Home inspectors play an important role in the home buying and selling process. Their job is to provide thorough inspections of homes prior to the completion of a sale, checking the structural integrity of the building, the electrical system, water heater, roof, basement and other areas of the home for evidence of safety and maintenance issues. When the inspection is complete, the home inspector will write up a detailed report for the sellers and buyers to give them an impartial overview of the home's condition. Home inspectors who are licensed often have more authority than unlicensed inspectors, as they are required to take specialized training courses, a licensing exam and continuing education credits throughout their careers.
Check the laws in your state to see if home inspectors are required to be licensed. This information is available from your state's professional licensing division or the official state government website. You may call the licensing department directly to learn of any formal requirements.
Meet the educational requirements for licensure. At a minimum, most states require inspectors to have a high school diploma or general education development (GED) certificate. Additionally, you will likely need to complete a specialized training program or apprenticeship to meet your state's licensing requirements. In Tennessee, for example, applicants must complete a state-approved, 90-hour training program prior to applying for licensure.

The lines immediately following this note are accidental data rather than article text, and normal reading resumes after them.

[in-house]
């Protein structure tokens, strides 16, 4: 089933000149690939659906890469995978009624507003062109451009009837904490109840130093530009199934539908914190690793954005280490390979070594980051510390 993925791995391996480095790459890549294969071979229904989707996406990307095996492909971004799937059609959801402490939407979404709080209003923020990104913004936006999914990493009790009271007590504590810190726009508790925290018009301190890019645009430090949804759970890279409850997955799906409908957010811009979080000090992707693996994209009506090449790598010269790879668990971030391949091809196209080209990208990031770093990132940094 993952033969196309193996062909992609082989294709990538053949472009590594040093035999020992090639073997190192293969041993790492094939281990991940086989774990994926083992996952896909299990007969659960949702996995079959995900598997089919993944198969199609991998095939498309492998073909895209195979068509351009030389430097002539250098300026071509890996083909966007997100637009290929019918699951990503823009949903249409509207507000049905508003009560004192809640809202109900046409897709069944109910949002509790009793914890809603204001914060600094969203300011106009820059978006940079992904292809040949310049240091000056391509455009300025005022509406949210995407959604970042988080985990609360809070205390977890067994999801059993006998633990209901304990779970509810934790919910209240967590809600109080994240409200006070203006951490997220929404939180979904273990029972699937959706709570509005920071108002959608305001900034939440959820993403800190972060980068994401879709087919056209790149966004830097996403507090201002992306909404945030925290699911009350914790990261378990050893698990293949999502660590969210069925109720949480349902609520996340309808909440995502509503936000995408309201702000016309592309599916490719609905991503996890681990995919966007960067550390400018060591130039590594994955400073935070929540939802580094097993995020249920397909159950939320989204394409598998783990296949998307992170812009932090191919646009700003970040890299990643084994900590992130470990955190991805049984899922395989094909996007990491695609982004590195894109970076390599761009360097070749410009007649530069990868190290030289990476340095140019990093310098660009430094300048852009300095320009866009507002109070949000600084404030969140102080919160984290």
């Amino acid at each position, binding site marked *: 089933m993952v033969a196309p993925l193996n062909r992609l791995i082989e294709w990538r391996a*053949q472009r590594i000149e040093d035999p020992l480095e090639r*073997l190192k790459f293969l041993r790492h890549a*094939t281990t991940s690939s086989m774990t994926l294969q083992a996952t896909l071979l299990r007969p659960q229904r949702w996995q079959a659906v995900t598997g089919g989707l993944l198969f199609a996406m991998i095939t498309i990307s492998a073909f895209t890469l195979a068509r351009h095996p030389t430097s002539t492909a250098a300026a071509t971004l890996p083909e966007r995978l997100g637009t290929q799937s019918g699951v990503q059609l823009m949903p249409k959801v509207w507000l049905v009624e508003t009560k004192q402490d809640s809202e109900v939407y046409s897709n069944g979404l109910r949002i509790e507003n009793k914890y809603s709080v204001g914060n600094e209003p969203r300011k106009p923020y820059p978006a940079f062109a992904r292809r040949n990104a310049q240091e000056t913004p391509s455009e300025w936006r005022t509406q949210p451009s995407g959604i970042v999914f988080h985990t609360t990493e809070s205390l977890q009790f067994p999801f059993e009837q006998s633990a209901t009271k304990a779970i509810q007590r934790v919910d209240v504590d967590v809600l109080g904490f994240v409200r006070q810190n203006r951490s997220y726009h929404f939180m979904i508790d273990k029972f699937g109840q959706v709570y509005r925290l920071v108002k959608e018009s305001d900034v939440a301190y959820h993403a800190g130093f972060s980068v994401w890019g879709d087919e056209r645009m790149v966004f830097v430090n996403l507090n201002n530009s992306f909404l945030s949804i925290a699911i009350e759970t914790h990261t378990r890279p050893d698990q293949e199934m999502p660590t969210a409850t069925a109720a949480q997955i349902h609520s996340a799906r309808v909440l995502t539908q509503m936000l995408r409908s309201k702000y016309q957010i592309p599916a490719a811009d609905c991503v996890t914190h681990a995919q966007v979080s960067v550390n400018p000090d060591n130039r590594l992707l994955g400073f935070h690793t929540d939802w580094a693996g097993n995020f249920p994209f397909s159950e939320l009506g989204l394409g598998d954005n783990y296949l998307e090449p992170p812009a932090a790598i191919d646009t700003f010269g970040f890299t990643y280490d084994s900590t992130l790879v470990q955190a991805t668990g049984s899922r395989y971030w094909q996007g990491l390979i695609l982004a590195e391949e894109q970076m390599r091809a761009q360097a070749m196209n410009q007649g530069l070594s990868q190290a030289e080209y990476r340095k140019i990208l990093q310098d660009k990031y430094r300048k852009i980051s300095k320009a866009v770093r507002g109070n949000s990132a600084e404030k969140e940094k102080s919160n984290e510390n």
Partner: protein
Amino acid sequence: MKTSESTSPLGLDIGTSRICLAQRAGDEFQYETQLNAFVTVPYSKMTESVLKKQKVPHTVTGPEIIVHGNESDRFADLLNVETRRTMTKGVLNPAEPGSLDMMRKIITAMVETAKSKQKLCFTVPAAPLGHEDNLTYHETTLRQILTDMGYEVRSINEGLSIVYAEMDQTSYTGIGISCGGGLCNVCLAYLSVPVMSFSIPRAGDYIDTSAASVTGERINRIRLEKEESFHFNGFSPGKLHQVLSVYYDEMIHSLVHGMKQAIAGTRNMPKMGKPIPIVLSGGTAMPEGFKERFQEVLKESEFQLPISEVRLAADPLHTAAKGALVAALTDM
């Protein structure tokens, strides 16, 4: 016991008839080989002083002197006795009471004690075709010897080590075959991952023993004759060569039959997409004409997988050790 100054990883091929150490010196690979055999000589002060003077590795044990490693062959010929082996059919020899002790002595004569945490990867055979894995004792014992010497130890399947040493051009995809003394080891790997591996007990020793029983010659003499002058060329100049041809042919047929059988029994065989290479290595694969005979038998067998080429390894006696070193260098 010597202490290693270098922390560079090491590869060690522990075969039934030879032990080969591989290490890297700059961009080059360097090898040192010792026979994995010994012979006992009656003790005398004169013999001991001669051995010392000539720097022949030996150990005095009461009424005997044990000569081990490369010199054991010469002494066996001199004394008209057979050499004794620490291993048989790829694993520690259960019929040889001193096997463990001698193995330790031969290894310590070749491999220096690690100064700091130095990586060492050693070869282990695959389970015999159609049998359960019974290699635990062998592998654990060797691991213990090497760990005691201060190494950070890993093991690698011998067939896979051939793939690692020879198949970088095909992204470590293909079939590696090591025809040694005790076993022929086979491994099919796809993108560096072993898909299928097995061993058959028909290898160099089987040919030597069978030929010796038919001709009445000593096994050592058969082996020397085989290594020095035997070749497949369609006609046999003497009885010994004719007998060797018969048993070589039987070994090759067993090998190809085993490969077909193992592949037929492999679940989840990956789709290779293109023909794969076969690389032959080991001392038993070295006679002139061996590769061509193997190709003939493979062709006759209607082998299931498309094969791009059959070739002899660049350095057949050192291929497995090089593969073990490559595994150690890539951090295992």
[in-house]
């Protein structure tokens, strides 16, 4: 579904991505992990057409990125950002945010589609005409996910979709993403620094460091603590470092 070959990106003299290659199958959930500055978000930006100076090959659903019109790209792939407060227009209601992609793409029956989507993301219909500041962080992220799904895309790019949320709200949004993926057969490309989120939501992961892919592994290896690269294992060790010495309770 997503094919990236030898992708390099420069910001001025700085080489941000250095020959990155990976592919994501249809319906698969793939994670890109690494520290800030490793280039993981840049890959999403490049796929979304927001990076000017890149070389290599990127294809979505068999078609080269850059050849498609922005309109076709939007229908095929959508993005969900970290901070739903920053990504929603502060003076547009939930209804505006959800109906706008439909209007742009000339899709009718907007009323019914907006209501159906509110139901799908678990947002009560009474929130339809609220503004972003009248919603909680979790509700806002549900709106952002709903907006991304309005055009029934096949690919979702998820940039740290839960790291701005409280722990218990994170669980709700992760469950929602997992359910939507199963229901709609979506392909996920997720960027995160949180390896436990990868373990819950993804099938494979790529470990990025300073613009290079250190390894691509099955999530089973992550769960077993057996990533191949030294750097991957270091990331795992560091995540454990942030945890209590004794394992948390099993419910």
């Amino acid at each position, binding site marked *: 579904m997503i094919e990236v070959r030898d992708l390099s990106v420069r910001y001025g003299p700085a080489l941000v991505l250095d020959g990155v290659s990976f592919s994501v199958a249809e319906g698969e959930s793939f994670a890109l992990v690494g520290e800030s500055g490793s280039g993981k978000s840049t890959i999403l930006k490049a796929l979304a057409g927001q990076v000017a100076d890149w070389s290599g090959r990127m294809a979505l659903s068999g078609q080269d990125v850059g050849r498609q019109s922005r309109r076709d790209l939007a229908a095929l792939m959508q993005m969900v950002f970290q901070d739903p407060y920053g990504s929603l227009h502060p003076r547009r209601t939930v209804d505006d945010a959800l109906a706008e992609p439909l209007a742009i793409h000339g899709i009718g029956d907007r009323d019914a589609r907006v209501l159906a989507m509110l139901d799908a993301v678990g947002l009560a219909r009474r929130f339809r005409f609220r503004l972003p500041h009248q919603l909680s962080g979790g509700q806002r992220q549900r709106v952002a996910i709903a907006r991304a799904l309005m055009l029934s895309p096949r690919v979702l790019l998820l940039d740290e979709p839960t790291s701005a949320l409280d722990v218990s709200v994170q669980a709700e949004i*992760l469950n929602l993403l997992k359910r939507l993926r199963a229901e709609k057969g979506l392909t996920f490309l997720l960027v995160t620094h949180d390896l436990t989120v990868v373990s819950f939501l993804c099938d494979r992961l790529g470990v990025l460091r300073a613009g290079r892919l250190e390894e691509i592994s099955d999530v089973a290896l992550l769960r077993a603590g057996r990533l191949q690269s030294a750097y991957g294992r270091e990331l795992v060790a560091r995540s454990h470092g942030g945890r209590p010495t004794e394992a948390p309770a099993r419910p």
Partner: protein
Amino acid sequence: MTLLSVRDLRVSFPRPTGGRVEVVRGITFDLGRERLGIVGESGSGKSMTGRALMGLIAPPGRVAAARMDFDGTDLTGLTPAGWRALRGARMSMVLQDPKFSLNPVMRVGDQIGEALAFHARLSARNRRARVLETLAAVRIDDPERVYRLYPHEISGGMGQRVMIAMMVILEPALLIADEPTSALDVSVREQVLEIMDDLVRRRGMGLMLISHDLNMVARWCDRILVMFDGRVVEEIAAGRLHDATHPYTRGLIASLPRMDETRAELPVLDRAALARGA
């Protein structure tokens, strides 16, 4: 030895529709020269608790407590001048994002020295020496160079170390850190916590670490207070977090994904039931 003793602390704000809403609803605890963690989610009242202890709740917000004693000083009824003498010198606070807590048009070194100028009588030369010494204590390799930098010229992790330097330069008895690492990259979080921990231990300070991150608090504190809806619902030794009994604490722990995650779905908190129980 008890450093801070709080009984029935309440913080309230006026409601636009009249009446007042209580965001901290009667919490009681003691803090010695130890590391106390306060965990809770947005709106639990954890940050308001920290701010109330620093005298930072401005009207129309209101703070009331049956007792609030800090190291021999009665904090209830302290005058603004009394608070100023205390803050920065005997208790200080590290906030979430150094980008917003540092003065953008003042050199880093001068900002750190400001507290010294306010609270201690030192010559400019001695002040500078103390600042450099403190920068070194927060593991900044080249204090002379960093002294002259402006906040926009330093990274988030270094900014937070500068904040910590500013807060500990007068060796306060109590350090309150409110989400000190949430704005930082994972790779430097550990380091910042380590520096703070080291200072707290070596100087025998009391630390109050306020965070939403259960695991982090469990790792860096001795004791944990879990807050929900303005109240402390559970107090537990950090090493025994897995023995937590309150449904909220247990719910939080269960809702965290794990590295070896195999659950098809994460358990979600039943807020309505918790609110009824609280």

Pass a state-selected National Home Inspector Examination (NHIE). Test centers in every state offer the examination throughout the year. If you aren't sure where the nearest test center is to you, go to the National Home Inspector Examination website to find a list of test providers and online registration links by state. PSI gives the home inspector test in all but five states. Florida, Illinois, South Dakota, Tennessee and Washington use their own state-approved testing centers.
Provide a certificate for proof of general liability insurance and errors and omissions insurance. The exact amount of insurance minimums will vary from state to state.
Fill out an application for licensure and return to your state's licensing division along with the required fee and documentation. If you aren't sure how to obtain a licensure application, contact your state's licensing division directly.
Continuing education credits will be necessary to renew your license in the future. Make sure you understand how many credits are necessary for renewal so that you're able to remain licensed.
- Continuing education credits will be necessary to renew your license in the future. Make sure you understand how many credits are necessary for renewal so that you're able to remain licensed.
Lynn Burbeck is a professional writer with over five years of experience writing for the Web. She has published numerous articles for print and online media including "Grit" Magazine. Burbeck holds a B.A. in journalism and political science.